One of the key questions in Civil-Military Relations theory has always been to determine under what conditions the military will intervene in the domestic politics of the nation. Most scholars agree with the theory of objective civilian control of the military (Huntington), which focuses on the separation of civil and military institutions. Such a view concentrates and relies heavily on the U.S. case, from an institutional perspective, and especially during the Cold War period. An alternative, but still mainstream, theory of convergence (Janowitz) focuses on how the civil and military worlds must have more in common with each other, but still insists on the notion of separatism.  The Huntington and Janowitz normative theories of civil-military relations both attempted to describe the circumstances under which the likelihood of civilian control of the military would be maximized.  A principal critique of both is that their theories were developed largely from the American experience in the years following World War II and thus may not be fully applicable to other states with dissimilar experiences.  Schiff, however, provides an explanation, from both institutional and cultural perspectives, that attempts to explain not how civil-military relations ought to be, but rather why certain conditions exist.  Specifically, she proposes several variables might explain why militaries intervened in political activity and why they did not.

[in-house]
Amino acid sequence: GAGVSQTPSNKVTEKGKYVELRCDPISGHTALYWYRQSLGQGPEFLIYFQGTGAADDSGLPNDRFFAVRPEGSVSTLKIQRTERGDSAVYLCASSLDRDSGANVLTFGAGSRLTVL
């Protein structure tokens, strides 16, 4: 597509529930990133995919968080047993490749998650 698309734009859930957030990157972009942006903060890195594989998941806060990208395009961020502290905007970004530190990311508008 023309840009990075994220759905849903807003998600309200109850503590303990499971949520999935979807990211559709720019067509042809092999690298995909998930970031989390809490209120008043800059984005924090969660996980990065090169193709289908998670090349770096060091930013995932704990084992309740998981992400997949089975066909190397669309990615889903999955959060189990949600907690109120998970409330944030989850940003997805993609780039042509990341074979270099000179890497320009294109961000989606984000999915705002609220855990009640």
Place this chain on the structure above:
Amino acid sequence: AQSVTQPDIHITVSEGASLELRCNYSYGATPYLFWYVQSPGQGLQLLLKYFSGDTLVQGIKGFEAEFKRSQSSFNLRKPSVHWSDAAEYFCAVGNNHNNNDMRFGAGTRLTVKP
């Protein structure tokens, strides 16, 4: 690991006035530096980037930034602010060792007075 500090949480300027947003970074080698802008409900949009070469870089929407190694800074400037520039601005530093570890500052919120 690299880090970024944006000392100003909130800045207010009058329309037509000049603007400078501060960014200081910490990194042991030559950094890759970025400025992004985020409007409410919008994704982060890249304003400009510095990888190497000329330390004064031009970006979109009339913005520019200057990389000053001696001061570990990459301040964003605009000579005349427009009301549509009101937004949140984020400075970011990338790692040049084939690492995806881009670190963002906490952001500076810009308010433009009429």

Schiff argues that in order to prevent the military from interfering with civilian control of the government, three societal institutions - (1) the military, (2) political elites, and (3) the citizenry - must aim for a cooperative arrangement and some agreement on four primary indicators:

  • Social composition of the officer corps.
  • The political decision-making process.
  • The method of recruiting military personnel.
  • The style of the military.